Complying with EU ultimate beneficial owner registers
In previous news updates we have informed you about the introduction of ultimate beneficial owner (UBO) registers across EU member states. These registers were mandated by the 4th EU Anti-Money Laundering Directive. EU directives only provide a framework and mandated targets for implementation by member states, which gives countries considerable flexibility.
However, this also means that implementation is inconsistent, which creates compliance issues for multinationals with subsidiaries across the 28 member states. The Citco GSGS team guides clients through the implementation process and maps the various local requirements. Below is a quick overview of some of the key differences between states:
- Deadlines: only a few countries have met the deadline for integrating the UBO register into their laws by the end of June 2017. These are: Denmark, France, Germany, Sweden and the United Kingdom (which was the first to adopt by introducing a register of People with Significant Control (PSC), as previously reported). Belgium, Ireland, Luxembourg and The Netherlands are expected to introduce UBO registers before year end, but other countries may need more time.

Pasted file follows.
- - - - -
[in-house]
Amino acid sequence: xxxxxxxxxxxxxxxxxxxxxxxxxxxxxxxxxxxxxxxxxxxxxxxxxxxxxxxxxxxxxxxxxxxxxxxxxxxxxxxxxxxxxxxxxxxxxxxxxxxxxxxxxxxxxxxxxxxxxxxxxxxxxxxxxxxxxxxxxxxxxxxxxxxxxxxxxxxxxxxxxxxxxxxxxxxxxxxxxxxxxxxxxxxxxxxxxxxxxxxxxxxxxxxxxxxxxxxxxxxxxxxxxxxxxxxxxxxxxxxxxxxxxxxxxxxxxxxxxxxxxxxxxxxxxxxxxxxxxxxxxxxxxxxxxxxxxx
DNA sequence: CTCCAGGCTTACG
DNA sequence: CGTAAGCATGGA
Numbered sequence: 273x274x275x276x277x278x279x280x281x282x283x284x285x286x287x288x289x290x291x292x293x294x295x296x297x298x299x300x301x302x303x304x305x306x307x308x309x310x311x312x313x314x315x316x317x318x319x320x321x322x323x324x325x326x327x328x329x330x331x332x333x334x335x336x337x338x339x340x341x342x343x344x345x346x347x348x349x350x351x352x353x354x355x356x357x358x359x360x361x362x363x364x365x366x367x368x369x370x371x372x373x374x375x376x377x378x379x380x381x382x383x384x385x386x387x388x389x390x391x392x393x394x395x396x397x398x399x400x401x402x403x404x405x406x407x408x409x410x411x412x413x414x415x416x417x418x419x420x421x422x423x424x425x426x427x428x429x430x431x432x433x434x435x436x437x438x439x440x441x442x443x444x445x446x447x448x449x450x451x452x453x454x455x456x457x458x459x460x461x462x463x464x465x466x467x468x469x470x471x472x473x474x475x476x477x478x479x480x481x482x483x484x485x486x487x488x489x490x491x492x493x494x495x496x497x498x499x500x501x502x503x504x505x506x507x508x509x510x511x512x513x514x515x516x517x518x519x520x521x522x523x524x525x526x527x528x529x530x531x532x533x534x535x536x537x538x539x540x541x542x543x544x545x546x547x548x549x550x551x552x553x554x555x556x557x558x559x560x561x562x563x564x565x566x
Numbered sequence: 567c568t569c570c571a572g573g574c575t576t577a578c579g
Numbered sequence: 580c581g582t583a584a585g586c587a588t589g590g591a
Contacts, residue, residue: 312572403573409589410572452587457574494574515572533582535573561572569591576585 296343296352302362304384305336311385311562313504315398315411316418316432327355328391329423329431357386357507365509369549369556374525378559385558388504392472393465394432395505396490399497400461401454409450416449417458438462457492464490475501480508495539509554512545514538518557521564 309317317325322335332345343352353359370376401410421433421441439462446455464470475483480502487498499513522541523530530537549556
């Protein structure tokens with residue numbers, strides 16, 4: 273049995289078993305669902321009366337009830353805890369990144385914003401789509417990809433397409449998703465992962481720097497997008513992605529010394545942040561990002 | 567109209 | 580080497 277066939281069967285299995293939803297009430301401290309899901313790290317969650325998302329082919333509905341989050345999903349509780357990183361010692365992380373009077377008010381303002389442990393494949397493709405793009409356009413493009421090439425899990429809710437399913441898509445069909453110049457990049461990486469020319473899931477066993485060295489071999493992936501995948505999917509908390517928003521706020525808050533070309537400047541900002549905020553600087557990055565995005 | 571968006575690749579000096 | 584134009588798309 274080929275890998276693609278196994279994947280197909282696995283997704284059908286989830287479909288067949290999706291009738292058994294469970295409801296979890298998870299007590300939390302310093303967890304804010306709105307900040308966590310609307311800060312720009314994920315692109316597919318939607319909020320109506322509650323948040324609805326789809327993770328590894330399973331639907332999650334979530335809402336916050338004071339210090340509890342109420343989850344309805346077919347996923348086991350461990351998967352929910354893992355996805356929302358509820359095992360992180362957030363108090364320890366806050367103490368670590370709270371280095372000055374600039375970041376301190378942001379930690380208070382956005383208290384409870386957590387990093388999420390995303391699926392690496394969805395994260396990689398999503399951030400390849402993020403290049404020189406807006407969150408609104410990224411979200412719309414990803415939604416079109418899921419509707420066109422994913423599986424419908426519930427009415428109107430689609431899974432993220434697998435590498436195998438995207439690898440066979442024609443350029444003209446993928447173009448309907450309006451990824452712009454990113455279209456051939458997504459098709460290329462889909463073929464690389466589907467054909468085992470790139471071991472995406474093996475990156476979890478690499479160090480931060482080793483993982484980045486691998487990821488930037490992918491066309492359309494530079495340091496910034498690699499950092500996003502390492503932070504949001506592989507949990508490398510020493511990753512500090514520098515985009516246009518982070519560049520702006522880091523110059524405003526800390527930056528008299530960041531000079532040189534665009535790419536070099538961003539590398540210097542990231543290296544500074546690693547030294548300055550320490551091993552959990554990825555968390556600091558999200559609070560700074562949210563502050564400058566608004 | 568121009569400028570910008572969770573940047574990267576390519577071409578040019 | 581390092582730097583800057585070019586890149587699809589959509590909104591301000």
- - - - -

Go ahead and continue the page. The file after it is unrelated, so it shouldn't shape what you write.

- Thresholds: for the purposes of the UBO registration, a corporate entity typically needs to be disclosed in case it has an ownership interest of more than 25%, or exercises sufficient control via other means, such as voting power of contractual arrangements. However, some countries have adopted a lower threshold for disclosure, which the directive allows.
- Type of disclosure: Denmark, Finland, Sweden and the United Kingdom have all opted for a public UBO register. Even in member states where the register is not publicly available, a party who can demonstrate a “legitimate” interest may obtain information. The definition of “legitimate interest” differs per jurisdiction but at a minimum includes government enforcement agencies and the widest interpretation may extend to journalists.
- Penalties: member states have introduced a wide range of penalties for non-compliance, from an administrative fine of around €1,300 (in proposed legislation in Italy and Lithuania) to 10% of annual turnover, with a minimum of €5 million (in the proposed Luxembourg legislation). The United Kingdom considers willful non-compliance a criminal offence (which may result in a 2-year prison sentence).
We will keep you updated as member states implement UBO registration regimes in their legislation.